Social stress increases the susceptibility to endotoxic shock

Ning Quan, Ronit Avitsur, Jennifer L. Stark, Lingli He, Manisha Shah, Michael Caligiuri, David A. Padgett, Phillip T. Marucha, John F. Sheridan

Research output: Contribution to journalArticlepeer-review

149 Scopus citations


The influence of social disruption stress (SDR) on the susceptibility to endotoxic shock was investigated. SDR was found to increase the mortality of mice when they were challenged with the bacterial endotoxin lipopolysaccharide (LPS). Histological examination of SDR animals after LPS injection revealed widespread disseminated intravascular coagulation in the brain and lung, extensive meningitis in the brain, severe hemorrhage in the lung, necrosis in the liver, and lymphoid hyperplasia in the spleen, indicating inflammatory organ damage. In situ hybridization histochemical analysis showed that the expression of the glucocorticoid receptor mRNA was down-regulated in the brain and spleen of SDR animals while the ratio of expression of AVP/CRH-the two adrenocorticotropic hormone secretagogue, increased. After LPS injection, the expression of pro-inflammatory cytokines, IL-1β and TNF-α, was found significantly higher in the lung, liver, spleen, and brain of the SDR mice as compared with the LPS-injected home cage control animals. Taken together, these results show that SDR stress increases the susceptibility to endotoxic shock and suggest that the development of glucocorticoid resistance and increased production of pro-inflammatory cytokines are the mechanisms for this behavior-induced susceptibility to endotoxic shock.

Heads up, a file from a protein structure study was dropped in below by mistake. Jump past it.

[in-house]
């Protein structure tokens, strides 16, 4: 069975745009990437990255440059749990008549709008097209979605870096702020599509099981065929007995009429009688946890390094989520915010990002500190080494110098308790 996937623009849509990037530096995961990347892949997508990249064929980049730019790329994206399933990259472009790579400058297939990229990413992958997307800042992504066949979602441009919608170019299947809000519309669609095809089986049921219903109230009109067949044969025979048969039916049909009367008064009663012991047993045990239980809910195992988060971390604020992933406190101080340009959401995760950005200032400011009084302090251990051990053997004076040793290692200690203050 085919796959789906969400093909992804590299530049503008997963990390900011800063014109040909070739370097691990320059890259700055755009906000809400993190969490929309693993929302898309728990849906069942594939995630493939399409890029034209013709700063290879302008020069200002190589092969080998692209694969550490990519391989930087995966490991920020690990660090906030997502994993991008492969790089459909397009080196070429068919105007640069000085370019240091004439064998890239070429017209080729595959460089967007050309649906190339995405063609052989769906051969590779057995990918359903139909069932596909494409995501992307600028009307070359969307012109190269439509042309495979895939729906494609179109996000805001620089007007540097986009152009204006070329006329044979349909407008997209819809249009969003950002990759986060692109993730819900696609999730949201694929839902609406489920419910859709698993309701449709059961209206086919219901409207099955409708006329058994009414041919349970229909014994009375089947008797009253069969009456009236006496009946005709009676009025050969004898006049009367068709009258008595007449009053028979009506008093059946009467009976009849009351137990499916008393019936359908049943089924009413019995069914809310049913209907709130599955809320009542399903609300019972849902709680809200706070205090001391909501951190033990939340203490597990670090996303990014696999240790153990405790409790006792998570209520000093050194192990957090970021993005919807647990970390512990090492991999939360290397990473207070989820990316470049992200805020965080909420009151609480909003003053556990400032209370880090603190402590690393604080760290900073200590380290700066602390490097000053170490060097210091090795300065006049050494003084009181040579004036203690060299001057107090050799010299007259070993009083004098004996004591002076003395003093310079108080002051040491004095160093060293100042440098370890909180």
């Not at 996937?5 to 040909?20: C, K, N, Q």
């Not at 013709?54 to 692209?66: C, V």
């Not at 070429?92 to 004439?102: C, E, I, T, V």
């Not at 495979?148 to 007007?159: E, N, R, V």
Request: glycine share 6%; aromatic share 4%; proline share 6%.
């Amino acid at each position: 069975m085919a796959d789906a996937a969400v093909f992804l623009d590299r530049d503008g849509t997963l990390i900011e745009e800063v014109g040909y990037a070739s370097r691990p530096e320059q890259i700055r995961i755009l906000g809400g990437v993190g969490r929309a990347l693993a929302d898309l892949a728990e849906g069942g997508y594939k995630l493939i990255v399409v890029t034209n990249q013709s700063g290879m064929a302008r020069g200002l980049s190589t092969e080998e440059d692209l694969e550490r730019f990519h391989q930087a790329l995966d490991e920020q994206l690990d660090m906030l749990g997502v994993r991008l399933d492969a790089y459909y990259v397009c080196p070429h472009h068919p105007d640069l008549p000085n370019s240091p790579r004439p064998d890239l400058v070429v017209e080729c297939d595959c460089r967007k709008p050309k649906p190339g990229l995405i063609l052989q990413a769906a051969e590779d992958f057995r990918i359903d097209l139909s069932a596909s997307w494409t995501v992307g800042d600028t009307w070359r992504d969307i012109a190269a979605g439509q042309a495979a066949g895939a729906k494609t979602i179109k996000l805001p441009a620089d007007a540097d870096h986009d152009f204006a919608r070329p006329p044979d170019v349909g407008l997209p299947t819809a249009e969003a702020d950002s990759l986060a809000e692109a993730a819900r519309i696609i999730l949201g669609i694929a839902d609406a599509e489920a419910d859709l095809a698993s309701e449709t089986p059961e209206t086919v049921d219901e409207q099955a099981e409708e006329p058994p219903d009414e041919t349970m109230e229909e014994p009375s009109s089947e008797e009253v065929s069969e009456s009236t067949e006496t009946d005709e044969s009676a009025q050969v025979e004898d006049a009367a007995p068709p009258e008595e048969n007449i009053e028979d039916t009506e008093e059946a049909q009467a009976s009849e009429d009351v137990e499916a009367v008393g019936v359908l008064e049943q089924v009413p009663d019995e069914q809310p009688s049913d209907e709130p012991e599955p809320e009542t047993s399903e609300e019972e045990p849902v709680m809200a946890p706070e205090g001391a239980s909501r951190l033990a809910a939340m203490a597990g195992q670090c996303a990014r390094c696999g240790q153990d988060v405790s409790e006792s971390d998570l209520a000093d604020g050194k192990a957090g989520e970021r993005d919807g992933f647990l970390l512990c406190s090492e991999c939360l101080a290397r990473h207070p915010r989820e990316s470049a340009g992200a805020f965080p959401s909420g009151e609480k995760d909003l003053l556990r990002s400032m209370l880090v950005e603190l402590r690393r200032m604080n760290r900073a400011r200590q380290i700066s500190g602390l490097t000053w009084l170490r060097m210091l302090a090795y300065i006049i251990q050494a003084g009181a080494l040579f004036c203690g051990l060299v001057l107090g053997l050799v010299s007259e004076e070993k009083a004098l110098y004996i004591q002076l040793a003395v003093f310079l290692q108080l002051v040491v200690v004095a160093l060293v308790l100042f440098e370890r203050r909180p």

Original languageEnglish (US)
Pages (from-to)36-45
Number of pages10
JournalJournal of Neuroimmunology
Issue number1-2
StatePublished - Apr 2 2001
Externally publishedYes


  • Depression
  • Glucocorticoid resistance
  • Inflammatory cytokines
  • Sepsis
  • Social stress

ASJC Scopus subject areas

  • Immunology and Allergy
  • Immunology
  • Neurology
  • Clinical Neurology


Dive into the research topics of 'Social stress increases the susceptibility to endotoxic shock'. Together they form a unique fingerprint.

Cite this